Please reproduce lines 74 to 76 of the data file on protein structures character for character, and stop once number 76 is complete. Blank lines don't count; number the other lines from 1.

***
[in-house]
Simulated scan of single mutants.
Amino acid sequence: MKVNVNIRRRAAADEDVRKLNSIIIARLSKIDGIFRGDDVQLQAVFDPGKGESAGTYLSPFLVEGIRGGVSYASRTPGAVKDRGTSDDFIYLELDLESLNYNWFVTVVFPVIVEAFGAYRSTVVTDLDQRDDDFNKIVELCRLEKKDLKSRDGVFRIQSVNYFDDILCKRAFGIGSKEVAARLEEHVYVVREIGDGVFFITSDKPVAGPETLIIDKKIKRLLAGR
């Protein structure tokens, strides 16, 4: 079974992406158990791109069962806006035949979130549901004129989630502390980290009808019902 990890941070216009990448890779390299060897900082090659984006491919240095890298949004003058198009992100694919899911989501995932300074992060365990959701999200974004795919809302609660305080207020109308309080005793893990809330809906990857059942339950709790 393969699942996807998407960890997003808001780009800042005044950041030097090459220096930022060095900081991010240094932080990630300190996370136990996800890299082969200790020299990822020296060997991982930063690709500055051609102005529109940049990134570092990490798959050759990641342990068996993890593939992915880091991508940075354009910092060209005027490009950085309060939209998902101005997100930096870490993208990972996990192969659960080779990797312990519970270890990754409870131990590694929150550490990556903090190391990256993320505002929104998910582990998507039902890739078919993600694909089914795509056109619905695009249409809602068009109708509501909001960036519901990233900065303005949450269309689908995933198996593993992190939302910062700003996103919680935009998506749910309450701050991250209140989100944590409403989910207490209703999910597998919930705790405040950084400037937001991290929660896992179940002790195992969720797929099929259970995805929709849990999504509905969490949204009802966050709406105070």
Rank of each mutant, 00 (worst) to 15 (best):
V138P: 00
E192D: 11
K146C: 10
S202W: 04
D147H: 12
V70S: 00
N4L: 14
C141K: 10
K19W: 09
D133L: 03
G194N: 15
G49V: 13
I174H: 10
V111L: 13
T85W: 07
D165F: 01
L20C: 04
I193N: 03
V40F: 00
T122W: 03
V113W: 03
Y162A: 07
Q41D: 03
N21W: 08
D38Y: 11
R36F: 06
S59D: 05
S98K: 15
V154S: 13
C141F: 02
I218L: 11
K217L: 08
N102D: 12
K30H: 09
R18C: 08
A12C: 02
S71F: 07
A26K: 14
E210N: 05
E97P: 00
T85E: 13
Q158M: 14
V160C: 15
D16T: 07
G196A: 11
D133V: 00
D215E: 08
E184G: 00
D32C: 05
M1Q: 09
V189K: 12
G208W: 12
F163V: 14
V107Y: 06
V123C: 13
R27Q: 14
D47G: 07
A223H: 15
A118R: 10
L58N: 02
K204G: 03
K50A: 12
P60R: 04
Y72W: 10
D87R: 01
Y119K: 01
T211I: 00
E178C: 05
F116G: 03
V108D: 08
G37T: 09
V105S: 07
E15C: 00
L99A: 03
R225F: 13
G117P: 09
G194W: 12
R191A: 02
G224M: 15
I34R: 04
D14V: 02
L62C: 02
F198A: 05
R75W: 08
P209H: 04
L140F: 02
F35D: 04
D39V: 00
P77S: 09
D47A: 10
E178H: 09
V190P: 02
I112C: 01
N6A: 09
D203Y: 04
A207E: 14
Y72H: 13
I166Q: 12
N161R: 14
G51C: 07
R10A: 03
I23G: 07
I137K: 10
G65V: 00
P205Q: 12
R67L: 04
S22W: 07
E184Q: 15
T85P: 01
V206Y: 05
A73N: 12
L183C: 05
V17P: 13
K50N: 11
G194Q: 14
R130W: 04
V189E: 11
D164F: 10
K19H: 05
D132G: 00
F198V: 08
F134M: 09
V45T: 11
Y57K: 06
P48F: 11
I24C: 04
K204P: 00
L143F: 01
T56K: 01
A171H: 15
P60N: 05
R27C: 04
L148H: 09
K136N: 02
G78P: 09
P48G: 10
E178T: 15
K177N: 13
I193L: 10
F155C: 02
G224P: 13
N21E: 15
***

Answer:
F116G: 03
V108D: 08
G37T: 09